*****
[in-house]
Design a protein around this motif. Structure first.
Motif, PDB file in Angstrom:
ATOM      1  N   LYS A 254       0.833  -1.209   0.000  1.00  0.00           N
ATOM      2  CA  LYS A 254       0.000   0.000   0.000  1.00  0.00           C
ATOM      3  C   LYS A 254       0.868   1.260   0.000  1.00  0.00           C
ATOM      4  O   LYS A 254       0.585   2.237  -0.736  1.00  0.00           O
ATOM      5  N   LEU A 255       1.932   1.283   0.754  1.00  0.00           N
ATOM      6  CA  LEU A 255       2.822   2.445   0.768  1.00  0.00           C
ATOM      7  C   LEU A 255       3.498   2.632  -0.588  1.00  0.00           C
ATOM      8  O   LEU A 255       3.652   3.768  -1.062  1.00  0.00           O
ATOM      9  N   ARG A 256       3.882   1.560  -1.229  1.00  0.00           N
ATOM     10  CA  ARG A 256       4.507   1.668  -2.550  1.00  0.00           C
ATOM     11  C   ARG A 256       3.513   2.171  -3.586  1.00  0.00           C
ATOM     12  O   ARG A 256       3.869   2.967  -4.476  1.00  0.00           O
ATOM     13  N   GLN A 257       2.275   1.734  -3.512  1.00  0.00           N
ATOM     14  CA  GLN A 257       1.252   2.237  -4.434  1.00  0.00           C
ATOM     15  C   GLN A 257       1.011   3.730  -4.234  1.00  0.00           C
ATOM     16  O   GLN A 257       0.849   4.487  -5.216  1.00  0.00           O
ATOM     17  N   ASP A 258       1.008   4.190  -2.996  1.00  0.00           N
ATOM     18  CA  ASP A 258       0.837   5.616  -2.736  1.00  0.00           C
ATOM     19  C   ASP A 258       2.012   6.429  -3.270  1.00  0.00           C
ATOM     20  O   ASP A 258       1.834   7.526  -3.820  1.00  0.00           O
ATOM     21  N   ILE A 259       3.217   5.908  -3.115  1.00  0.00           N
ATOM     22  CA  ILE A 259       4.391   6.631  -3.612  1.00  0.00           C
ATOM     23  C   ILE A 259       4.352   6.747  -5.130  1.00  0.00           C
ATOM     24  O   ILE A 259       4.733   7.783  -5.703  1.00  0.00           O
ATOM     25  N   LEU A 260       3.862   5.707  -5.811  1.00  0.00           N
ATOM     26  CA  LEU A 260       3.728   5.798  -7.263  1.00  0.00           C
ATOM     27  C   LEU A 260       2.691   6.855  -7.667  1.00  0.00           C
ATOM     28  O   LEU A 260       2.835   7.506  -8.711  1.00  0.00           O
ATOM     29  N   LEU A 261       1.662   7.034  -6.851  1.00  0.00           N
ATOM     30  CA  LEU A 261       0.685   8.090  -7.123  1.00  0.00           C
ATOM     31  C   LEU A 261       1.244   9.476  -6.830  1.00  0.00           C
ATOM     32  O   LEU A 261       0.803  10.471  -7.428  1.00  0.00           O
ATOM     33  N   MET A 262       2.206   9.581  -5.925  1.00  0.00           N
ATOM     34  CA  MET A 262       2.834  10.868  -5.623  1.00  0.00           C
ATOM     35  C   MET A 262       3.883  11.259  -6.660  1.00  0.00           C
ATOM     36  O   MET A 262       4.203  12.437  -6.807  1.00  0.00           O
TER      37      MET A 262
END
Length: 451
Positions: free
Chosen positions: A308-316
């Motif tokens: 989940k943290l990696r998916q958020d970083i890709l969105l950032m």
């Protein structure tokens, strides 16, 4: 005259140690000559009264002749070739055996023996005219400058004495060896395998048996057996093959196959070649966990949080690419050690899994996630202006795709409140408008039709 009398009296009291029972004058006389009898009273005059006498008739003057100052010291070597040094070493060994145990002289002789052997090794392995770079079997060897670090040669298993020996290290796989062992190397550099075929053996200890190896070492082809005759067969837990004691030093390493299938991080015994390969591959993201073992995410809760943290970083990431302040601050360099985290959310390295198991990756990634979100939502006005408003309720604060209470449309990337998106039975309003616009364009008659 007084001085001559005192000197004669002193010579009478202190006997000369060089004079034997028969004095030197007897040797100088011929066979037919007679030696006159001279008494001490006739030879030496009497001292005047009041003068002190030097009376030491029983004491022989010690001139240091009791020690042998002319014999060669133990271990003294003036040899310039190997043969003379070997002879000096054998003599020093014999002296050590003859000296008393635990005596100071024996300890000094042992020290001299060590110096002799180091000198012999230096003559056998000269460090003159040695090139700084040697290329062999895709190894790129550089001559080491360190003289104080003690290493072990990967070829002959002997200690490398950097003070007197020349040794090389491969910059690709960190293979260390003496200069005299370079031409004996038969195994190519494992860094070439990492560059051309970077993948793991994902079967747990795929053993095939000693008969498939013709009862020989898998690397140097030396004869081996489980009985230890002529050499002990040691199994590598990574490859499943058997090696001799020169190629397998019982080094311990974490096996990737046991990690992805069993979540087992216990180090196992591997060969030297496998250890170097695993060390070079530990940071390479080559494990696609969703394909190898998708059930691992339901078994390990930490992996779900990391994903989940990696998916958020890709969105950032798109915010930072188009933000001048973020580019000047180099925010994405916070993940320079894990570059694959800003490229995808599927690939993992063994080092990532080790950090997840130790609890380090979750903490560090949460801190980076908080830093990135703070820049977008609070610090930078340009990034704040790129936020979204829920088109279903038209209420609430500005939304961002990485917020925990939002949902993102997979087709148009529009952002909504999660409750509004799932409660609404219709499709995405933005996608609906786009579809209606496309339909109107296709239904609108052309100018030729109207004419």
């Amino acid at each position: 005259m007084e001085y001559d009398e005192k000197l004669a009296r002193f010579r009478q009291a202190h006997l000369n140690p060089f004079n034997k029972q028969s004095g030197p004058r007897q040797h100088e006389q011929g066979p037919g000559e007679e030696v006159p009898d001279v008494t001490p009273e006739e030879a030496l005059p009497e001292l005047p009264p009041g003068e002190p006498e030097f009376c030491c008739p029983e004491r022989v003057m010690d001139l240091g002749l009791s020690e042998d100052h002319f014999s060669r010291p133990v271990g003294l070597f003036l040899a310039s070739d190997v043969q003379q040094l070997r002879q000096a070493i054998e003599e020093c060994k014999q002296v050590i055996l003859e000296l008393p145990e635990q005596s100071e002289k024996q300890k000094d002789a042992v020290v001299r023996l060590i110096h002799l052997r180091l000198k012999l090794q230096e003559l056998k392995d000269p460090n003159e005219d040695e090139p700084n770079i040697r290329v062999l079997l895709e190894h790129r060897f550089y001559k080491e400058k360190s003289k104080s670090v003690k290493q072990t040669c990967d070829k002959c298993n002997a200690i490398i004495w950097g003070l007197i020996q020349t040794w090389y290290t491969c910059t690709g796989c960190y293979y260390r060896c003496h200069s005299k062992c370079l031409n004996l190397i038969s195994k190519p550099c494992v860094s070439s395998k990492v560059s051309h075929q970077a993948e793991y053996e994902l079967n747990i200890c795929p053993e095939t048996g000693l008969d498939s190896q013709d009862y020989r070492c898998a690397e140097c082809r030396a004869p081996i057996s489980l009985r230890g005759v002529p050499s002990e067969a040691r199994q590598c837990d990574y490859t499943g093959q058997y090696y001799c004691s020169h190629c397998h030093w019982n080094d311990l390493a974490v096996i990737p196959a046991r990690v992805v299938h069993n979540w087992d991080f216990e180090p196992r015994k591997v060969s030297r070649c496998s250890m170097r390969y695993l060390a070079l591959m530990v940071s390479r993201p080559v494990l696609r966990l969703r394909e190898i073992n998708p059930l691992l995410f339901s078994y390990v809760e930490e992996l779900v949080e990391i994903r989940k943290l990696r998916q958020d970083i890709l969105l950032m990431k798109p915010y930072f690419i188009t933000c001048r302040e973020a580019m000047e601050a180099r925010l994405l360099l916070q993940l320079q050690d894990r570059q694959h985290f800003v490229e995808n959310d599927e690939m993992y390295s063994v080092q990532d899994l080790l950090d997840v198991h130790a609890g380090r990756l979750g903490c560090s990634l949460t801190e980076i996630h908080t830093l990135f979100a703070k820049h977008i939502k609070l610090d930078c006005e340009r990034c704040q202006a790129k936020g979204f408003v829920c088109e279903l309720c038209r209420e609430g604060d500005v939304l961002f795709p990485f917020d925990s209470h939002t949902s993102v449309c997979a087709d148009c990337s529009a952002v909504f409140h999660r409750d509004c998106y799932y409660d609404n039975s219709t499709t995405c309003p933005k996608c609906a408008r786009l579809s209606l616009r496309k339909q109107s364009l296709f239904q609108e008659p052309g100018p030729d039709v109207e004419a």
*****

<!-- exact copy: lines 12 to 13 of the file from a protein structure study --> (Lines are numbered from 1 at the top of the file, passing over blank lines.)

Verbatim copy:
ATOM      9  N   ARG A 256       3.882   1.560  -1.229  1.00  0.00           N
ATOM     10  CA  ARG A 256       4.507   1.668  -2.550  1.00  0.00           C